When I was 17 years old I fell in love.  Hopelessly, completely and irrevocably.  I met the lady as I disembarked from a train with a hundred and fifty dollars in my pocket and my total worldly belongings in a tote bag with a broken strap.  I carried the bag with the strap over my shoulder and supported it underneath with my hand, hoping no one would notice.

She was absolutely gorgeous.  She was continental, beautifully put together and she had a personality that made you at once comfortable and curious.  I had to know more about her.  I had to get her to notice me.  But how?  She didn't even know I was alive. Even if she did, I had serious doubts that she'd care.

The first fleeting glimpse I had of her as I stumbled off that slow train from my small home town convinced me that I could never be happy until she was mine.  She completely occupied my thoughts and my feelings. I couldn't think of anything or anyone else. 

Mechanically, I checked into a hotel near the railway station. When I looked out the window of my room, I saw her again.   I had to get to know her.  I had to find out what made her laugh, what made her cry, what aroused her, what turned her off.  Was I too young for her?  Did she prefer older men?  Did she prefer women?  Did gender even matter to her? Plenty of questions.  No answers.

It took me several days to find work.  It wasn't much of a job.  Apprentice in an accounting firm.  Would she approve?  Would she think of me as just another kid falling in love with her at first sight?  I certainly had no trouble visualizing that.  In later years, I confirmed it.  She was the central figure in so many fantasies of young and old men alike that they were beyond counting.

The day after I started work, I found a place to live.  Not much--just a 1 room  basement apartment housing a hide-a-bed and a wobbly kitchen table with three chairs.  What would she think of the place?  What a joke.  I hadn't even been introduced to her and already I was assuming that it would somehow matter to her whether I lived in a mansion or a cardboard box.  How arrogant of me . . . but as my Dad always said, Nothing will ever happen if you don't believe it can.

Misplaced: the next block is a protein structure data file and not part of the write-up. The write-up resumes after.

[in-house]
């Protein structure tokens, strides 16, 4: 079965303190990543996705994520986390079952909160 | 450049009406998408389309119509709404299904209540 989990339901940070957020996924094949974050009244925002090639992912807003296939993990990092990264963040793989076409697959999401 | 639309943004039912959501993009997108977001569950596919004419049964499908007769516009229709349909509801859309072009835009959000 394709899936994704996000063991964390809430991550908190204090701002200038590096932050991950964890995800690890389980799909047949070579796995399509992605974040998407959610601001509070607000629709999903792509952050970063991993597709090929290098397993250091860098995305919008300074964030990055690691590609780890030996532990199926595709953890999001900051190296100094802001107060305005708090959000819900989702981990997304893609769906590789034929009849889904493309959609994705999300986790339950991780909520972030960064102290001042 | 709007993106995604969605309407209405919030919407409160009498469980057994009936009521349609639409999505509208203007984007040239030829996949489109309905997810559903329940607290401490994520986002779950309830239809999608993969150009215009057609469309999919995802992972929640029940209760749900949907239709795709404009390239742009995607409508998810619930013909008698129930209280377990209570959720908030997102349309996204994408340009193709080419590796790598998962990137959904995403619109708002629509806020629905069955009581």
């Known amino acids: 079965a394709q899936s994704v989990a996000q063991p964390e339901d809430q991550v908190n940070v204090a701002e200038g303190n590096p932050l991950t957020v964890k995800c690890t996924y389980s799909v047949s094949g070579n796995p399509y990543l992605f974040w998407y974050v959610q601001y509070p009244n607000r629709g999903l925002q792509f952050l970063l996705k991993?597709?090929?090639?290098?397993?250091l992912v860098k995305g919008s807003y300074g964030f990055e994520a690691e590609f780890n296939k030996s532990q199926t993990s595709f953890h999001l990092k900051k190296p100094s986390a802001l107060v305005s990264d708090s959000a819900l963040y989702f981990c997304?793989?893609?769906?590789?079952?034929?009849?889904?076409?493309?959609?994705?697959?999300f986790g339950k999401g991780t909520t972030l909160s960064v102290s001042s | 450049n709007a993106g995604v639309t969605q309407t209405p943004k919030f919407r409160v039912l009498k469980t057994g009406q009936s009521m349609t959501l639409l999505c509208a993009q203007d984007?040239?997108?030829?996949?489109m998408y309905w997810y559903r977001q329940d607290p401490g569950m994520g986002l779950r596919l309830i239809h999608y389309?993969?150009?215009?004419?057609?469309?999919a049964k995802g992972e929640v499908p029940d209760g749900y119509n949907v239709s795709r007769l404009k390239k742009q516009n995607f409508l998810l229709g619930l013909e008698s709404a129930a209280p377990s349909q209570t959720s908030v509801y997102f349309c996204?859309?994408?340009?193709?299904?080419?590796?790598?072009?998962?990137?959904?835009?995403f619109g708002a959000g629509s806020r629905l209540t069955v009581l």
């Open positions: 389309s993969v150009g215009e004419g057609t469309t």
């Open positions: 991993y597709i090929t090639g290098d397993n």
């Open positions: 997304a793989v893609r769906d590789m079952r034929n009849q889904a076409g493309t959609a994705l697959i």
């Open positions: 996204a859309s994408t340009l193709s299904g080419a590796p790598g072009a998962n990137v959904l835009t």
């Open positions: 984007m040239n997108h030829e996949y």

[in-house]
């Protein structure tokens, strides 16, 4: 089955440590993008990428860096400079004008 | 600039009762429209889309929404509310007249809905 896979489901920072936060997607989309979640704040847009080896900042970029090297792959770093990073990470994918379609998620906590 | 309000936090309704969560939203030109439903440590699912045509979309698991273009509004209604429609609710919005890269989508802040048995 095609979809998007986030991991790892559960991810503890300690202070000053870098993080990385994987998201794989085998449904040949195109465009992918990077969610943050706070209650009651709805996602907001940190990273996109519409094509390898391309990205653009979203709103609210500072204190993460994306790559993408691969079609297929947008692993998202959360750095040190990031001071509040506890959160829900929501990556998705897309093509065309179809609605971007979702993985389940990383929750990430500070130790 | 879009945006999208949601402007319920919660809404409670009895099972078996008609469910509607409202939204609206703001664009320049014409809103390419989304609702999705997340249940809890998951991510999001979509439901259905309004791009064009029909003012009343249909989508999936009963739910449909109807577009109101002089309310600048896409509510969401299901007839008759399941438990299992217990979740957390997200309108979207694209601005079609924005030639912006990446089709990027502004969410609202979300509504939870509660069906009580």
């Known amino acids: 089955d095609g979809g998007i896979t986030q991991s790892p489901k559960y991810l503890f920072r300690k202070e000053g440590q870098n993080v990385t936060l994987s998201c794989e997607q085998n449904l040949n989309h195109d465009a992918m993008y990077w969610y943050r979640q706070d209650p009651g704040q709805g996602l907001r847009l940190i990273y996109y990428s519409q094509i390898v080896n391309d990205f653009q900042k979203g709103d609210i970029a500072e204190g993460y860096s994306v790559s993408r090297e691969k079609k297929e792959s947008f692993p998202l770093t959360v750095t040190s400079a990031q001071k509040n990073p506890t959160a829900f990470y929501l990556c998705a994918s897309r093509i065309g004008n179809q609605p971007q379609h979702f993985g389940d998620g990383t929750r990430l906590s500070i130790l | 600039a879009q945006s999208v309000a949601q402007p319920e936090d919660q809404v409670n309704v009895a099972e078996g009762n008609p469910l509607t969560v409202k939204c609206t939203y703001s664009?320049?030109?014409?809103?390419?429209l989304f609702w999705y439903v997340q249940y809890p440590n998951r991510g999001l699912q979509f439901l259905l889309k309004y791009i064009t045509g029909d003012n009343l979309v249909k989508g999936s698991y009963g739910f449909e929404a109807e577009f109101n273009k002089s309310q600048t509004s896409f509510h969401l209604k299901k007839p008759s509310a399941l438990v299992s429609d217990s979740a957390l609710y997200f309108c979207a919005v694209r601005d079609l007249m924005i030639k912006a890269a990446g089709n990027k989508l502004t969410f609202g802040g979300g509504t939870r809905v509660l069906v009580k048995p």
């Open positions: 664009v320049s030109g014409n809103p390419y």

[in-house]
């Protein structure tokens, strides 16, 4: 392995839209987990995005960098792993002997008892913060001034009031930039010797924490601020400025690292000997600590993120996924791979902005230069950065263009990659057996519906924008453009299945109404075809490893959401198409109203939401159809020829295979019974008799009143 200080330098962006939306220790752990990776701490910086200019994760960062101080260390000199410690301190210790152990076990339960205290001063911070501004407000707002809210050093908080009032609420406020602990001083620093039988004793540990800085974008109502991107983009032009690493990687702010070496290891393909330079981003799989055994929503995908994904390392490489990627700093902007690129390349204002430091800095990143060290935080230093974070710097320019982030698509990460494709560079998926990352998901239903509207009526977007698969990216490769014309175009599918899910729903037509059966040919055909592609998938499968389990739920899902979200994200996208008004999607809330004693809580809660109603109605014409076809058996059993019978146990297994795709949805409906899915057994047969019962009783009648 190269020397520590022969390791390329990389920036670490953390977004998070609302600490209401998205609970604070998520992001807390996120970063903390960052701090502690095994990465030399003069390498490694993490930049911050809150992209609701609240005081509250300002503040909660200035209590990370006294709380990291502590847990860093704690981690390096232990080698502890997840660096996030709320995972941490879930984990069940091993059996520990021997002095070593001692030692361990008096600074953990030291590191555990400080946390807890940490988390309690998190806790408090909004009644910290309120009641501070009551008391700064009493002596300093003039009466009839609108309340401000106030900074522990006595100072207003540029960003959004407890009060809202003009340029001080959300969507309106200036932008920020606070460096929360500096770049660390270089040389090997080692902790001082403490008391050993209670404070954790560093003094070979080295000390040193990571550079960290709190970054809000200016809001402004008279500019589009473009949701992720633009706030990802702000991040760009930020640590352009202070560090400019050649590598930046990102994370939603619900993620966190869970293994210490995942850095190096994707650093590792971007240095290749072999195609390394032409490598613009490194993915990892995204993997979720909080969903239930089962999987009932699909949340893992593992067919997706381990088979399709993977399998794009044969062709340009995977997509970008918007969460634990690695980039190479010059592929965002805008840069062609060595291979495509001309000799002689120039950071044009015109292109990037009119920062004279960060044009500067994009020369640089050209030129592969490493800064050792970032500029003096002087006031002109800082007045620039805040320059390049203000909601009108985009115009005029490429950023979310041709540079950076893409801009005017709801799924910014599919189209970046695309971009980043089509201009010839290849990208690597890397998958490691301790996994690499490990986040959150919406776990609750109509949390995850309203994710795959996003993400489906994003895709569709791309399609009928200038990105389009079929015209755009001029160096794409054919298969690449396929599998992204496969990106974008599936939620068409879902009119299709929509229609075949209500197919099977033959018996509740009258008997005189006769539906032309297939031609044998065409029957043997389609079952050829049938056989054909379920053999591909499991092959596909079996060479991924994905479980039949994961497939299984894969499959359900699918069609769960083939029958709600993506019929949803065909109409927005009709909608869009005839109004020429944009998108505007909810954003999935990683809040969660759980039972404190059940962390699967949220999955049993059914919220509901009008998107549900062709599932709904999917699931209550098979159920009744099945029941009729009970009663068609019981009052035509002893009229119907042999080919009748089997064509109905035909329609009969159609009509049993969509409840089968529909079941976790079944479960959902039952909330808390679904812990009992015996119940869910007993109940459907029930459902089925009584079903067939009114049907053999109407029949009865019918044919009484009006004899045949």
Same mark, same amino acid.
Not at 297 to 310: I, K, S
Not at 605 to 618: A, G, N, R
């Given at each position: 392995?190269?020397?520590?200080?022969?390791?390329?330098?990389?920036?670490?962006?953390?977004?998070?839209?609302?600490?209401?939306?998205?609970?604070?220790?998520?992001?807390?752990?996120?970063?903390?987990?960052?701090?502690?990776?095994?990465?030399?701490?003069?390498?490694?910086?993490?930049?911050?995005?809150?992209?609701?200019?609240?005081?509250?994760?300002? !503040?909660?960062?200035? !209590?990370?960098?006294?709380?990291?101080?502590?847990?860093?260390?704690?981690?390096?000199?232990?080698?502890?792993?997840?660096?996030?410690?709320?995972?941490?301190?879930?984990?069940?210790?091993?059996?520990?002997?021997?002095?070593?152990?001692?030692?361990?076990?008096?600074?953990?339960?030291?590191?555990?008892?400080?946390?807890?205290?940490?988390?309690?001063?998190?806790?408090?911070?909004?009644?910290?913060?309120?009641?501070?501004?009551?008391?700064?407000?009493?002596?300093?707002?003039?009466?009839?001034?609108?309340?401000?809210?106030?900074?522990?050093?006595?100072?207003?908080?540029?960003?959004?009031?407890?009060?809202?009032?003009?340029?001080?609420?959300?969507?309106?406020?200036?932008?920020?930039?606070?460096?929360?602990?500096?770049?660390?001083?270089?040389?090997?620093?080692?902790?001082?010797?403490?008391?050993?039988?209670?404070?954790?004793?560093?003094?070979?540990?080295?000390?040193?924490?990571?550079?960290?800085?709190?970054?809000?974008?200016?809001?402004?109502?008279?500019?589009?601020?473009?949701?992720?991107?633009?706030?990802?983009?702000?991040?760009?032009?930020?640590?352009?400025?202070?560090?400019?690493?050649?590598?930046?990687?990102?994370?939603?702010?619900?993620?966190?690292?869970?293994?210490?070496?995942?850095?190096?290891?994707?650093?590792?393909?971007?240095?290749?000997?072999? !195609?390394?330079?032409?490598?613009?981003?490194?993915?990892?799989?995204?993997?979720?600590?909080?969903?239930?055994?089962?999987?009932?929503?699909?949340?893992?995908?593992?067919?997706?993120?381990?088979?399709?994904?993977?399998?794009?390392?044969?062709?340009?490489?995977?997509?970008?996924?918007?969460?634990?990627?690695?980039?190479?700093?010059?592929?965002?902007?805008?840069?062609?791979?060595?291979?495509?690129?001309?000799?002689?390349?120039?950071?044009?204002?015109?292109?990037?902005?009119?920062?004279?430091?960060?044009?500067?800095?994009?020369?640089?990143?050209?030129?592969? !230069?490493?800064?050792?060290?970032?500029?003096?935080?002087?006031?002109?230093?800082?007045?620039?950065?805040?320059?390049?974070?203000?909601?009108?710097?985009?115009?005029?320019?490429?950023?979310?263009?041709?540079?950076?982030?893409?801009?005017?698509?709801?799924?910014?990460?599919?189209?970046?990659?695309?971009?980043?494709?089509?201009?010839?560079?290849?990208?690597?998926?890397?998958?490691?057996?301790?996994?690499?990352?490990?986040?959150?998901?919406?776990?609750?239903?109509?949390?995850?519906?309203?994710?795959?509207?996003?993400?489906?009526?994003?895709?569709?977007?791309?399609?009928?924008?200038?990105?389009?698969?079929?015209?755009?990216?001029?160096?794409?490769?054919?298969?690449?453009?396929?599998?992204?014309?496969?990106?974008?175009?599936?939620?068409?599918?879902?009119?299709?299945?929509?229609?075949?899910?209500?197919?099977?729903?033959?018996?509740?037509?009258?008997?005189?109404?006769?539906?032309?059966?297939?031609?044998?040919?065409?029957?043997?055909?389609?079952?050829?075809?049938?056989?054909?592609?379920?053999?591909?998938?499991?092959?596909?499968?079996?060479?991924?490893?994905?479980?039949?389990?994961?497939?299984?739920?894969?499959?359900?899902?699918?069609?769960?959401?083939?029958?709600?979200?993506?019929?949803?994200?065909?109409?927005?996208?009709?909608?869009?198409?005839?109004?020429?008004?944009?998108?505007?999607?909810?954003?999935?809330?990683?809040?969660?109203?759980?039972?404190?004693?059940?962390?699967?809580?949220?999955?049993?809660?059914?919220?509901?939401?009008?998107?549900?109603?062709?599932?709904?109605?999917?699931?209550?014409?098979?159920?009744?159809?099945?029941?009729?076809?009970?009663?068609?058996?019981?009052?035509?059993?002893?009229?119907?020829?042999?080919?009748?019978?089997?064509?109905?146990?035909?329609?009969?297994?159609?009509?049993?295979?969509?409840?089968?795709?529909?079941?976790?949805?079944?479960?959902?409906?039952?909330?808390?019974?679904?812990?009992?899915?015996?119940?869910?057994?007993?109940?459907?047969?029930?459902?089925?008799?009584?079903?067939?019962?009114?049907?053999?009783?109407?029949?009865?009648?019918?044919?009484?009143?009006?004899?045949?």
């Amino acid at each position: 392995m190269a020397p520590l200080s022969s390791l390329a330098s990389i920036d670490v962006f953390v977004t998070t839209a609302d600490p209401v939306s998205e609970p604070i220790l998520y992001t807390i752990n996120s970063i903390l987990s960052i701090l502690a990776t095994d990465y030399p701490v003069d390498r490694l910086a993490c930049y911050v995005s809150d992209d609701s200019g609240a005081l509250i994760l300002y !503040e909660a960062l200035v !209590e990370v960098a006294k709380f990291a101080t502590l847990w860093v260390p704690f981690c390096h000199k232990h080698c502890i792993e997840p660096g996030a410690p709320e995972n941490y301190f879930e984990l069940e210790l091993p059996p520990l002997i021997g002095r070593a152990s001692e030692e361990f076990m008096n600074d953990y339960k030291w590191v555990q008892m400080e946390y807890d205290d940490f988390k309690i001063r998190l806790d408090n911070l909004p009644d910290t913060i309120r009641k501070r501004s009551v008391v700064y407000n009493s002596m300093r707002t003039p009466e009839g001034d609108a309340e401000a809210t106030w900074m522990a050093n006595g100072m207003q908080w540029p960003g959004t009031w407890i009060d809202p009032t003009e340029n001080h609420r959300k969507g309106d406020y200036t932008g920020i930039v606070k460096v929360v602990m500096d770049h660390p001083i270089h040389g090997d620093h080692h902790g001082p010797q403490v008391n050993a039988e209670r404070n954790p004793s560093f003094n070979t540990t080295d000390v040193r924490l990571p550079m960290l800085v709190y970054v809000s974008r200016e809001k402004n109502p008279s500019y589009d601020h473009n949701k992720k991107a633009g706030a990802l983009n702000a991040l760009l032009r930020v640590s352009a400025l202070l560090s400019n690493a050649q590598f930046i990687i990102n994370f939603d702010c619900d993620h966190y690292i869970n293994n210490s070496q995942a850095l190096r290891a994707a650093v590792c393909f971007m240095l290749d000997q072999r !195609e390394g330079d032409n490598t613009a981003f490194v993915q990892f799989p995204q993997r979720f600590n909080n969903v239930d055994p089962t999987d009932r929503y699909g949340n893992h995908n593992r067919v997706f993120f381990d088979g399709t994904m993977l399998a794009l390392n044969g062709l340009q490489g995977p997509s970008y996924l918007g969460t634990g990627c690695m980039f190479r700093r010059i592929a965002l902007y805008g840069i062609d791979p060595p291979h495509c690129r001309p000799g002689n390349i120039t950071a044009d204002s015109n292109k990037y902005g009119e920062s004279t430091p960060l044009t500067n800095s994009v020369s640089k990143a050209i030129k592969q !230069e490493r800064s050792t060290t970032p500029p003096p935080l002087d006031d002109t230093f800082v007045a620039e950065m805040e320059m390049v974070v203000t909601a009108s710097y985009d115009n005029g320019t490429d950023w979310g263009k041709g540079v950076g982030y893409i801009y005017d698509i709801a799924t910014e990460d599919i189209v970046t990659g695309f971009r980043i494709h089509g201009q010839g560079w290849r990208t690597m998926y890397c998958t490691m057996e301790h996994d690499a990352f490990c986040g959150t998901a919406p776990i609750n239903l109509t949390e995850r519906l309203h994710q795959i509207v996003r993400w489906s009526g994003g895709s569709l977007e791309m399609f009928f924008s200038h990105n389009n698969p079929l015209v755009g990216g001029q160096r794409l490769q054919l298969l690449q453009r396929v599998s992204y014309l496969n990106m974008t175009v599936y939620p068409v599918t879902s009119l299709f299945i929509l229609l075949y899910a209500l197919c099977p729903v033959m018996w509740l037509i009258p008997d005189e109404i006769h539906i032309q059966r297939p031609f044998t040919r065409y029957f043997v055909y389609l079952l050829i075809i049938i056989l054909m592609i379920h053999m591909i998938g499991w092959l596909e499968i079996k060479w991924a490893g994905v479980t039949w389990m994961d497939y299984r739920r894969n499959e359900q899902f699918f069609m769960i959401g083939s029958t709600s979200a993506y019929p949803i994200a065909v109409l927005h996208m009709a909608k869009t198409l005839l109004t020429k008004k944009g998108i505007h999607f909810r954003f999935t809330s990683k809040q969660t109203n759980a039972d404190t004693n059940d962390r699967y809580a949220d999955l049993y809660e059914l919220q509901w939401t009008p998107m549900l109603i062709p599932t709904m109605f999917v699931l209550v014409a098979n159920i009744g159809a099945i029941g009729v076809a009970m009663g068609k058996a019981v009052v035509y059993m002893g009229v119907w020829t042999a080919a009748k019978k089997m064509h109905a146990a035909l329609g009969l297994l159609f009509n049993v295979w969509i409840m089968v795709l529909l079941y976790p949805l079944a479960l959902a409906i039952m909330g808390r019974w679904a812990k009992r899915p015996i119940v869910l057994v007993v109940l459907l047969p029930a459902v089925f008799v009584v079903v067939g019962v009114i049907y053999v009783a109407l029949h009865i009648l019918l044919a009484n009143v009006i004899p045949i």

Finally I screwed up my courage to talk about her to one of the guys at work.  He laughed at first but when he saw how serious I was, he said he'd help me.  He would make sure I got on familiar terms with her and then whatever happened was up to me . . . and her, of course.  

As it turned out, he did help me and I'll always be grateful to him for that,  because, you see, as time went by, she and I became friendly, then intimate.  In fact, I lived with her for twelve years and, during that period, I came to know her as well as I knew myself.

However, one day in November as a few large flakes of snow fluttered down from a gray sky, we parted.  For me it was devastating.  For her, it seemed almost routine.  As the train pulled away, I waved to her.  I thought that as she stood there, gradually dwindling in the distance, she waved back. I really couldn't tell for sure.

Now, in the twilight of my life, I remember all those great times when we were together as well as the  bittersweet parting that still brings a lump to my throat. 

You really want to know who she was?

Her name is Montreal.  She was and is one of the most beautiful cities in Canada and I was desperately in love with her through some of the happiest, most poignant and truly wonderful times of my life.  And you know something?  I think she knew.